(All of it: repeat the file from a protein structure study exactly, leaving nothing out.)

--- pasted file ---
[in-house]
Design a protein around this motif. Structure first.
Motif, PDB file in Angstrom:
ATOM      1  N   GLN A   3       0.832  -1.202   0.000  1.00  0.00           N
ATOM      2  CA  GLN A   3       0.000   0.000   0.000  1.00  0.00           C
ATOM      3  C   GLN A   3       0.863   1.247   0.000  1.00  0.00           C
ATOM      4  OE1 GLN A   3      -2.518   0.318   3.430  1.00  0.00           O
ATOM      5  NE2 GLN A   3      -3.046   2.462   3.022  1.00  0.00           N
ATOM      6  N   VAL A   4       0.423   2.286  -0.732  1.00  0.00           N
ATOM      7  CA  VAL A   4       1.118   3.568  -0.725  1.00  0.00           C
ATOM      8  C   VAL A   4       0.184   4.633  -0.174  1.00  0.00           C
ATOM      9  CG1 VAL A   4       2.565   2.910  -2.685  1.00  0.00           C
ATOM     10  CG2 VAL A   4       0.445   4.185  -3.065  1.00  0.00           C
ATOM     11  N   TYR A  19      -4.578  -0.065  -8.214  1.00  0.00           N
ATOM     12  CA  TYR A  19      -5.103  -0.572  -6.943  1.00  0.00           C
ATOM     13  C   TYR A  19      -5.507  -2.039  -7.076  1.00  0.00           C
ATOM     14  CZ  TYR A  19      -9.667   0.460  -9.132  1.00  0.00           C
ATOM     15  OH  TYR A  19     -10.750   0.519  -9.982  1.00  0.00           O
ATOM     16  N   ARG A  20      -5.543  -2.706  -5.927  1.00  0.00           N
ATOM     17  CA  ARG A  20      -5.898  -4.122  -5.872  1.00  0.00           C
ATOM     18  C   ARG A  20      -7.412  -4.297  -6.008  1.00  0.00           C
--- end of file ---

[in-house]
Design a protein around this motif. Structure first.
Motif, PDB file in Angstrom:
ATOM      1  N   GLN A   3       0.832  -1.202   0.000  1.00  0.00           N
ATOM      2  CA  GLN A   3       0.000   0.000   0.000  1.00  0.00           C
ATOM      3  C   GLN A   3       0.863   1.247   0.000  1.00  0.00           C
ATOM      4  OE1 GLN A   3      -2.518   0.318   3.430  1.00  0.00           O
ATOM      5  NE2 GLN A   3      -3.046   2.462   3.022  1.00  0.00           N
ATOM      6  N   VAL A   4       0.423   2.286  -0.732  1.00  0.00           N
ATOM      7  CA  VAL A   4       1.118   3.568  -0.725  1.00  0.00           C
ATOM      8  C   VAL A   4       0.184   4.633  -0.174  1.00  0.00           C
ATOM      9  CG1 VAL A   4       2.565   2.910  -2.685  1.00  0.00           C
ATOM     10  CG2 VAL A   4       0.445   4.185  -3.065  1.00  0.00           C
ATOM     11  N   TYR A  19      -4.578  -0.065  -8.214  1.00  0.00           N
ATOM     12  CA  TYR A  19      -5.103  -0.572  -6.943  1.00  0.00           C
ATOM     13  C   TYR A  19      -5.507  -2.039  -7.076  1.00  0.00           C
ATOM     14  CZ  TYR A  19      -9.667   0.460  -9.132  1.00  0.00           C
ATOM     15  OH  TYR A  19     -10.750   0.519  -9.982  1.00  0.00           O
ATOM     16  N   ARG A  20      -5.543  -2.706  -5.927  1.00  0.00           N
ATOM     17  CA  ARG A  20      -5.898  -4.122  -5.872  1.00  0.00           C
ATOM     18  C   ARG A  20      -7.412  -4.297  -6.008  1.00  0.00           C